By John Holland, Chief Content Officer, CustomerCentric Selling® – The Sales Training Company

Image courtesy of Akeeris at

sales training companyBuying has changed forever. The Internet, search engines, Websites and social networking allow long-suffering buyers to turn the tables on sellers that in the past have been guilty of hype, half-truths, omissions or outright lies. Everyone has had one or more experiences with sellers they feel took advantage of them.

Until the last 5 years or so, B2B selling for complex offerings changed at a glacial pace. If interested in offerings, buyers had no choice but to contact sellers fairly early. This gave the first seller an opportunity to skew the requirements in a way that made their offering the best fit. This reinforced the notion that selling was convincing, persuading and overcoming objections.

Some of the most unpleasant interactions with sellers occur early in our lives in B2C buying decisions. After making retail purchasing decisions everyone has had interactions with sellers where we felt manipulated. Because of the commodity nature of the transaction (you can buy the car from many dealers) and the sizes of the transaction, car salespeople set the bar very low and have given the sales profession many black eyes. In the ladder of careers people aspire to, salespeople and lawyers are usually at or near the bottom rung.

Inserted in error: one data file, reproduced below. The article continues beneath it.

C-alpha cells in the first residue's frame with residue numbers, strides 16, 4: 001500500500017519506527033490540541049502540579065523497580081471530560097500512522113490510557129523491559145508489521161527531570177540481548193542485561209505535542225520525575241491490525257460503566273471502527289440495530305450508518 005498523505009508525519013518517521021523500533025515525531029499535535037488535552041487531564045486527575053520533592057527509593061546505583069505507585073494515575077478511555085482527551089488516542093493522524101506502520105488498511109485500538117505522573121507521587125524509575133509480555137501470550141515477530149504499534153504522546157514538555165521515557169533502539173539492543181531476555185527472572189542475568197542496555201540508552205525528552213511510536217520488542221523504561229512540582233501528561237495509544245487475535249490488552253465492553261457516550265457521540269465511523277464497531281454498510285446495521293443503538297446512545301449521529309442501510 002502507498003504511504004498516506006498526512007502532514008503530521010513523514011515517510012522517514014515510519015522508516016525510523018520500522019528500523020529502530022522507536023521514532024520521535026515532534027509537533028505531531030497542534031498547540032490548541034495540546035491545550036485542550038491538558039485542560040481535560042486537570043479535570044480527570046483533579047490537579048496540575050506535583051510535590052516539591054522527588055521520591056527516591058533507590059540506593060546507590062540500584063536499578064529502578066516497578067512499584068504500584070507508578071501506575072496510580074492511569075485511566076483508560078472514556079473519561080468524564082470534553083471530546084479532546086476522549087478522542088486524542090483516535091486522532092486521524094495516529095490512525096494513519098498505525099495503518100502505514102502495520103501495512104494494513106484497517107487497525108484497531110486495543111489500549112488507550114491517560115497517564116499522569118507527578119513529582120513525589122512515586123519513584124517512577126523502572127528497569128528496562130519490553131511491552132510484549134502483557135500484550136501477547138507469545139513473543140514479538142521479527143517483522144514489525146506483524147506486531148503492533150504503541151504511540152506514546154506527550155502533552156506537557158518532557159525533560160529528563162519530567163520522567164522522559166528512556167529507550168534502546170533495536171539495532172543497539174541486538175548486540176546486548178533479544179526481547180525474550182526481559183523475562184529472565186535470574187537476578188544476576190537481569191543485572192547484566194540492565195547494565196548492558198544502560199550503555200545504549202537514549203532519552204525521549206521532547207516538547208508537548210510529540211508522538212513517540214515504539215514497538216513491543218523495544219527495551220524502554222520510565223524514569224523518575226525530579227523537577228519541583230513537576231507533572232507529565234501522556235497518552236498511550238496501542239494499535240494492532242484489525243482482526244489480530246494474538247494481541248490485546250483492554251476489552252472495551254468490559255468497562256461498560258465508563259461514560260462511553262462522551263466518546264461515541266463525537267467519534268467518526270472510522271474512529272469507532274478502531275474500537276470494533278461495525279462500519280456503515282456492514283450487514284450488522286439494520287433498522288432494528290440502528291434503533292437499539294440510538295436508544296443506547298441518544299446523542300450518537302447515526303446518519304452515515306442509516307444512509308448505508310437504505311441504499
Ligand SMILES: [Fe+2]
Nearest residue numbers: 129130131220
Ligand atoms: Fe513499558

In my mind, one of the best things that has happened with new buying behavior is the transformation of buying cars. If and when visiting a dealership buyers have a good idea of the value of their trade, the exact features of the car they want to buy, know the dealer invoice for the car they want and how much profit the dealer should be allowed to make.

As part of the buyer revolution, the distrust of sellers learned early in their lives has been transferred to B2B sellers. Guilt by association is applied to anyone with a business card with a title that has anything to do with sales. I understand why this happens, but it doesn’t seem fair. I believe B2B sellers are different than B2C sellers for many reasons:

  • They try to establish long-term relationships with companies.
  • It is difficult to determine based upon product information posted on websites.
  • There is accountability. Buyers must be satisfied to continue the relationship.
  • They recognize that an unhappy customer will drain resources and hurt their reputation.
  • If they blatantly misrepresent offerings, legal action may result.

In life and business when pendulums swing they usually go further than they should. Over time they self-adjust toward the middle. I feel that B2B buyers have overreacted in marginalizing the role of a salesperson. When evaluating complex offerings, a great deal of time and effort can be wasted. A competent B2B seller will be helpful in determining requirements, professional services that may be necessary, building a business case and moving a committee in a direction so that a decision can be made.

There can be a great cost in evaluating complex offerings. This is on both the buyer’s side (in time and effort) as well as a vendor’s side in allocating time and resources. If an offering is not a good fit, what percentage of competent B2B sellers will tell you and withdraw?

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